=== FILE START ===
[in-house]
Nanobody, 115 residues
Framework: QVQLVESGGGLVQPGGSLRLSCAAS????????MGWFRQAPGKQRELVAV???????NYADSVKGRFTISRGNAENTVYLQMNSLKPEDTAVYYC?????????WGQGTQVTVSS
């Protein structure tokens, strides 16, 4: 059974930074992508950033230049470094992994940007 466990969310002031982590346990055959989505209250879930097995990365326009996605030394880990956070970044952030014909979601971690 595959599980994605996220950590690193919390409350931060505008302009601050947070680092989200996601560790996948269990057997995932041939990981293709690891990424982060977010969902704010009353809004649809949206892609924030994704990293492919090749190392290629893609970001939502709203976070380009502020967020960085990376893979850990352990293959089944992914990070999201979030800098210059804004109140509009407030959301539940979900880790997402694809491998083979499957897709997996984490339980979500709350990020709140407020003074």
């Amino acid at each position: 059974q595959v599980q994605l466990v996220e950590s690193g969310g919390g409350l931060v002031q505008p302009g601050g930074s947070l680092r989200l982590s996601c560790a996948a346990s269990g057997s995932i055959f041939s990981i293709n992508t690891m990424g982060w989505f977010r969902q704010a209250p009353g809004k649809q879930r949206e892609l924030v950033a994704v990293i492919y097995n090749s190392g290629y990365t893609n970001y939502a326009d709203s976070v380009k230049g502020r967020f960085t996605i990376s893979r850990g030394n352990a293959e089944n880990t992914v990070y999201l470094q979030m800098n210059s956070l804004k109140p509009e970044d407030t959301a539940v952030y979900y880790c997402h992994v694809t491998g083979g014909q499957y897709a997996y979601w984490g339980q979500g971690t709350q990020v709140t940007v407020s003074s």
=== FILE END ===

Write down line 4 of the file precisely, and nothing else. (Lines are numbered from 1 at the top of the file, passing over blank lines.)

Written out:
């Protein structure tokens, strides 16, 4: 059974930074992508950033230049470094992994940007 466990969310002031982590346990055959989505209250879930097995990365326009996605030394880990956070970044952030014909979601971690 595959599980994605996220950590690193919390409350931060505008302009601050947070680092989200996601560790996948269990057997995932041939990981293709690891990424982060977010969902704010009353809004649809949206892609924030994704990293492919090749190392290629893609970001939502709203976070380009502020967020960085990376893979850990352990293959089944992914990070999201979030800098210059804004109140509009407030959301539940979900880790997402694809491998083979499957897709997996984490339980979500709350990020709140407020003074």